For aperture management I followed a workflow based on a few initial hours of testing with the camera. Playing the HV20 tapes back on the XHA1 you can view aperture, shutter and gain (although not ND filters deployed). After doing similar testing with a GS400 several years ago, the HV20 wasn't much different. You can zoom out completely and with the right angle of light observe the iris closing and ND filters sliding into place as you play with exposure. Here's what I've been doing for 24p adapter use:

1. Zoom out completely.
2. Set up zebras to display 70%
3. Set camera in 24p mode.
3. Place cam in TV mode (shutter priority) and set shutter to 1/48s
4. Frame a shot so about 30% of the frame is displaying zebras, then toggle exposure on using the joystick.
5. You should see +- 11db on the scale. 0 db corresponds to f4 to f5 when using this technique. f4 is usually a good estimate for the lens sweet spot.

Once the camera was set, I controlled overall exposure with only small tweaks on the HV20. The balance of light management was done with the two 4x4 filters, and the 50mm aperture. The Brevis/HV20 combination dictates that in these conditions, you need to lose something like 16.5 stops:

50mm at f5.6 = - 6 stops
ND.9 = - 3 stops
Polarizer = - 2 stops
HV20 at f4.8 = - 5.5 stops

Alberto Blades April 14th, 2007 10:23 AM

the letus footage from the other thread seems lot more sharper


the girl is sharp like a pic, but in this brevis footage theres always some softness

Rob Unck April 14th, 2007 10:27 AM


Originally Posted by Peter J Alessandria (Post 660085)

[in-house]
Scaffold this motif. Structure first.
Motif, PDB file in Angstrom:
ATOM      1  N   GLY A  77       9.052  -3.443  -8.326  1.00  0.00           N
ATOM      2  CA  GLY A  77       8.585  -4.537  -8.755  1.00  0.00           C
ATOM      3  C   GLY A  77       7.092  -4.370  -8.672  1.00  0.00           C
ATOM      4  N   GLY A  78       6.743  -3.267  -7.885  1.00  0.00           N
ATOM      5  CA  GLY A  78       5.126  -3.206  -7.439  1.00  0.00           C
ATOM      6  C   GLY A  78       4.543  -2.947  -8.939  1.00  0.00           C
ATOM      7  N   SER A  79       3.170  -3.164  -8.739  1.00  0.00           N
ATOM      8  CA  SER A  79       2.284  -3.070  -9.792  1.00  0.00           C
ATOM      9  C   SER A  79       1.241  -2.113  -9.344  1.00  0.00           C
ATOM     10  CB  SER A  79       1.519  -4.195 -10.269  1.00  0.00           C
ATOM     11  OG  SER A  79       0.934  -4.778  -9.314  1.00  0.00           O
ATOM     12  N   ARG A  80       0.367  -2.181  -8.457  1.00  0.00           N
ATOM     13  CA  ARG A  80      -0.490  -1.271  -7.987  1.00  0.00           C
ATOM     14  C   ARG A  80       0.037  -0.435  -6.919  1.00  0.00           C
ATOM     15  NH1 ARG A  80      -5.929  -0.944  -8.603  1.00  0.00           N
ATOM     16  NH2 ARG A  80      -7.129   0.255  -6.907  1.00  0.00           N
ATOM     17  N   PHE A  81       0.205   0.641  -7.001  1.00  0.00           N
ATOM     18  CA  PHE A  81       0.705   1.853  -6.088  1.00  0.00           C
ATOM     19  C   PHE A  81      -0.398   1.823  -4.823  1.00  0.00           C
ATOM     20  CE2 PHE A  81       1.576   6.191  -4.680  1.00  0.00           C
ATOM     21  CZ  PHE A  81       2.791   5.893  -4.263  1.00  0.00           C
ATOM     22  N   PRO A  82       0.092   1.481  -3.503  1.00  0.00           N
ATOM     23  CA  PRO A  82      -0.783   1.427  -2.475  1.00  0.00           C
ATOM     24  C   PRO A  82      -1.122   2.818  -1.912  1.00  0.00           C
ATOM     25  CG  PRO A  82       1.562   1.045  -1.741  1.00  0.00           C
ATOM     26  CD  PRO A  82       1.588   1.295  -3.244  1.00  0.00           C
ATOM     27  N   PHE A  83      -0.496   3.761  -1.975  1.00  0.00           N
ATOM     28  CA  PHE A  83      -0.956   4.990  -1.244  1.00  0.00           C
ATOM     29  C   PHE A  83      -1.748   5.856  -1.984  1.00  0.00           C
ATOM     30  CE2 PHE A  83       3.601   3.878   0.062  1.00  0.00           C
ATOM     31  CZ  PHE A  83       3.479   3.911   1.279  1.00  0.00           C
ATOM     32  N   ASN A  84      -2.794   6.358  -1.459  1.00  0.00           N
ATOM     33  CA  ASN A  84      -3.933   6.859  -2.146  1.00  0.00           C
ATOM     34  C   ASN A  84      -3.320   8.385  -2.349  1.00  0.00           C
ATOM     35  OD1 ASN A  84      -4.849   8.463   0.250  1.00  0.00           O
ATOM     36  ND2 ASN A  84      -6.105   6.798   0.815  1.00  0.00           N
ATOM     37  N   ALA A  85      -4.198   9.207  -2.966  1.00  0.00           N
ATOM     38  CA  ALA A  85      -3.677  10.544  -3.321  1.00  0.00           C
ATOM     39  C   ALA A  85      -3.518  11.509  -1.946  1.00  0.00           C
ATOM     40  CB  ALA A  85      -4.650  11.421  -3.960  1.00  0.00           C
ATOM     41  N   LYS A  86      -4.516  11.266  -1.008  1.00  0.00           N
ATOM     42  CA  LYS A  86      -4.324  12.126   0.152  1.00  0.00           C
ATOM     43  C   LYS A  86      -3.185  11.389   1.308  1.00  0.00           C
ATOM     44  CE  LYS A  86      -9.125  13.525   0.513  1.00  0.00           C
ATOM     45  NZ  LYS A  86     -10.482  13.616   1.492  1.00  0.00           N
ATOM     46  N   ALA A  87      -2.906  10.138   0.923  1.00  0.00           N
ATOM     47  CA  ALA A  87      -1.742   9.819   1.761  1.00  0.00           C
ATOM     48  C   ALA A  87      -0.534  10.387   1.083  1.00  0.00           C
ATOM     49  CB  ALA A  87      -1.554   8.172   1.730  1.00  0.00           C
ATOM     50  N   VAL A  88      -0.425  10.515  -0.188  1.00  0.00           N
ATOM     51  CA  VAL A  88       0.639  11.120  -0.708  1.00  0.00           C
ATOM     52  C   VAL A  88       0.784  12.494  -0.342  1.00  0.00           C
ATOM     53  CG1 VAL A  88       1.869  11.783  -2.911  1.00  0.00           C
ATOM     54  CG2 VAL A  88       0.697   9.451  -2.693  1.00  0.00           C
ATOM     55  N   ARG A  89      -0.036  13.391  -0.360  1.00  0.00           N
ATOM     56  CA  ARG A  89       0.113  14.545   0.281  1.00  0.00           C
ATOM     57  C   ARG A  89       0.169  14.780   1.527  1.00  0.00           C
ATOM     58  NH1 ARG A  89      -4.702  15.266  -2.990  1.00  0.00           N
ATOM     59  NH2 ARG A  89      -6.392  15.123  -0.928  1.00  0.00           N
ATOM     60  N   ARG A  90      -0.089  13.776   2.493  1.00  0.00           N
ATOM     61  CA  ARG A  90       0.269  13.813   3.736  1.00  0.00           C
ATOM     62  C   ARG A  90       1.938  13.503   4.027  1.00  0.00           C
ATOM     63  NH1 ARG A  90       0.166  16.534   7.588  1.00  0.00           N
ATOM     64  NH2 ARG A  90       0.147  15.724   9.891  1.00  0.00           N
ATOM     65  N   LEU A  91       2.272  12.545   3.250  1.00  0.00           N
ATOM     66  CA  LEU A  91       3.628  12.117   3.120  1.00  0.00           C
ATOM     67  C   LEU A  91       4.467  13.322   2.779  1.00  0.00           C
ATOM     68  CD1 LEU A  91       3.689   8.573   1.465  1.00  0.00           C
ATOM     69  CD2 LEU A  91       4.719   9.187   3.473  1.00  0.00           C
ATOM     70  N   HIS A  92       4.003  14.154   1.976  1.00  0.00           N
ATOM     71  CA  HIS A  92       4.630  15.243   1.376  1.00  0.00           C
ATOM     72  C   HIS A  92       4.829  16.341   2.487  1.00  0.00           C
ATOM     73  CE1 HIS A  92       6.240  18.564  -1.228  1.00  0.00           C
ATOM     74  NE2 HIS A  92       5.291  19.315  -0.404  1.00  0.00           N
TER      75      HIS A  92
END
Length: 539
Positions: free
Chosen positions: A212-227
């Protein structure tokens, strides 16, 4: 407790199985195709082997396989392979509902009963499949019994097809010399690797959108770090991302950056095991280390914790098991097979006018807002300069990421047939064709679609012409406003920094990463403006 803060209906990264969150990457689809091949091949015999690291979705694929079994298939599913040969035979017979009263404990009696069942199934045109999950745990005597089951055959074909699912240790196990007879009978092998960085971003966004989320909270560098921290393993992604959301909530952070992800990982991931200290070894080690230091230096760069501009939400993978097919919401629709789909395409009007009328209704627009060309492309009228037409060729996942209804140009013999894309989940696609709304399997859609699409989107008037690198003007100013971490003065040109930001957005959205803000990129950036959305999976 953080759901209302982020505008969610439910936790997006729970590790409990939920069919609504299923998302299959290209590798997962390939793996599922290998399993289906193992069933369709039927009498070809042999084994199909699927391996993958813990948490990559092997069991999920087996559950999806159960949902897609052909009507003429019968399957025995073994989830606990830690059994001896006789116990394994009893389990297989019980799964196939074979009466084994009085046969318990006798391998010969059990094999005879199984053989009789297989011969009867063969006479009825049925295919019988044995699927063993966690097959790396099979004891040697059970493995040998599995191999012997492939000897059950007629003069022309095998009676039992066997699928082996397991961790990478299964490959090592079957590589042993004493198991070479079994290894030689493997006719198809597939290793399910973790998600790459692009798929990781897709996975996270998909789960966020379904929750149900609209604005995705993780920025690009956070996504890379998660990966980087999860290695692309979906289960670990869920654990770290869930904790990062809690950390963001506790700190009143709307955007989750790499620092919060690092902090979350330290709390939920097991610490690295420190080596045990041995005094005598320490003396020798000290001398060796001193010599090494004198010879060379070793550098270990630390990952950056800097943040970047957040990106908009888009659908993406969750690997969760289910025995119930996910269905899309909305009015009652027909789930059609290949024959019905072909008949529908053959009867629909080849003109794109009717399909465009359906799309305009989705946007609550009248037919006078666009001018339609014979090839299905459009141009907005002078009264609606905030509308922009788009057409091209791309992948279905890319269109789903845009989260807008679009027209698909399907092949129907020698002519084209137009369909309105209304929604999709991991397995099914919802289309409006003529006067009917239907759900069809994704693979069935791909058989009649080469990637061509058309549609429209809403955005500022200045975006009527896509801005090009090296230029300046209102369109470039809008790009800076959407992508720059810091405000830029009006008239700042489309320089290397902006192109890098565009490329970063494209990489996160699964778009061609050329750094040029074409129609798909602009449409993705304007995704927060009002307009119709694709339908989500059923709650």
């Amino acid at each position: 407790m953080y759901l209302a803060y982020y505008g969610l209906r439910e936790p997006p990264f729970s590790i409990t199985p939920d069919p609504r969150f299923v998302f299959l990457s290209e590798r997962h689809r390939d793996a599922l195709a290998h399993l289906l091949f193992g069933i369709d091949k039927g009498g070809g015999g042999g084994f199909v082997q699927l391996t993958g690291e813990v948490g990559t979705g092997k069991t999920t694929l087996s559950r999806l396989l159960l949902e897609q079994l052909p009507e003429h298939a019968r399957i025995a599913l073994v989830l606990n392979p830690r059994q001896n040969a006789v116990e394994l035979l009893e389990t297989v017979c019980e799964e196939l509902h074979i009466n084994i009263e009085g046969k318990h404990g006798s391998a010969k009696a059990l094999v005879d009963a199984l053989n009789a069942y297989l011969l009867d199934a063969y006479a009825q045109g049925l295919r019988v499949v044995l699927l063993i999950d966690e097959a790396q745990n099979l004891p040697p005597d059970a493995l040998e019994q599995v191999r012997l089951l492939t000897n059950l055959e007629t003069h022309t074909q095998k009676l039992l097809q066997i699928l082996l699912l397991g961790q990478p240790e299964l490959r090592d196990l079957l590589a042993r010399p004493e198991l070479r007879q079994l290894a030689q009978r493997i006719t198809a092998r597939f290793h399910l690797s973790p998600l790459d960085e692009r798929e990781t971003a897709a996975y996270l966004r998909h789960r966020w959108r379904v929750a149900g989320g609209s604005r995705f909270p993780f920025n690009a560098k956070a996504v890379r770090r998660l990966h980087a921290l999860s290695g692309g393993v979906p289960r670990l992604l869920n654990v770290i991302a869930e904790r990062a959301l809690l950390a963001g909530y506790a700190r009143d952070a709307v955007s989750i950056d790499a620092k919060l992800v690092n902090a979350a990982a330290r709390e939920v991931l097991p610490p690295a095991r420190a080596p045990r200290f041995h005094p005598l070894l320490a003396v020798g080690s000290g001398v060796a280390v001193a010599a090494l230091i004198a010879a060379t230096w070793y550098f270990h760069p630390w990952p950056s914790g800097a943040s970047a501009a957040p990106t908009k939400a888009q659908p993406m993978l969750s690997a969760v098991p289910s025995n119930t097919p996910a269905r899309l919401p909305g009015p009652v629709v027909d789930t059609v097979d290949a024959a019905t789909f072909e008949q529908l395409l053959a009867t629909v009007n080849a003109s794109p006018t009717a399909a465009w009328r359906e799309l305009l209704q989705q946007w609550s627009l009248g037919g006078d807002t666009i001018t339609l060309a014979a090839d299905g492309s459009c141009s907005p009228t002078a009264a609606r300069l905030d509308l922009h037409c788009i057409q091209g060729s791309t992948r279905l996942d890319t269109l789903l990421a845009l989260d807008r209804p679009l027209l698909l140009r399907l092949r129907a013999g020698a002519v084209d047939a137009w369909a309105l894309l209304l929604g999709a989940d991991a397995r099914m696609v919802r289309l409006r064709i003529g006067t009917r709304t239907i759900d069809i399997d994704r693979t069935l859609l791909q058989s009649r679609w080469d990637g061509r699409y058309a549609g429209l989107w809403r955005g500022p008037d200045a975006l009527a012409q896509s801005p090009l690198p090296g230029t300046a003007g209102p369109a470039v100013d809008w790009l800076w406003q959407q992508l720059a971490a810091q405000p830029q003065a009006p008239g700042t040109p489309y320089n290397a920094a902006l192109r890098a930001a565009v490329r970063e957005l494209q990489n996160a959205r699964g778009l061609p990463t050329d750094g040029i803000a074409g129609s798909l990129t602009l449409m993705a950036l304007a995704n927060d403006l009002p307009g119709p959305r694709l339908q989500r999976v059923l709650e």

1. how are you "locking" the apeture on the HV20 in Tv mode?

I believe you have to keep Exposure toggled on as you shoot -- correct me if I'm wrong Dennis.

Brad Vaughan April 14th, 2007 10:49 AM

Thank you Dennis for taking the time to answer our questions.

David Garvin April 14th, 2007 12:30 PM


Originally Posted by Dennis Wood (Post 659902)
I had an ND .9 and polarizer

Did you rotate the polarier to darken the sky?

When I look at some of the shots (like at 23seconds) I thought you were using a grad on the sky because it's so dark on such an obviously sunny day.

I'm also curious about what's happening at 8seconds.

You pull focus to, and then go past "infinity" as the mountains miles away in the distance are brought into focus... and then go out of focus as you focus past them. Is this a byproduct of 35mm adapters due to backfocus issues or is it something else?

Dennis Wood April 14th, 2007 02:35 PM

You can see the relative effect of the polarizer as relative solar angle changes...so yes I did have one on there, and rotated to cut exposure as much as possible. The snow was so blinding and foreground so bright...it gave an interesting effect. Going past infinity on focus likely reflects a slight collimation error on my part. The test unit in question typically hosts about six different lens mounts for testing. We are currently integrating an updated front mount design that incorporates a micro-adjustable collimation feature...making adjustment in the field a snap...and obviously this unit does not have it :-)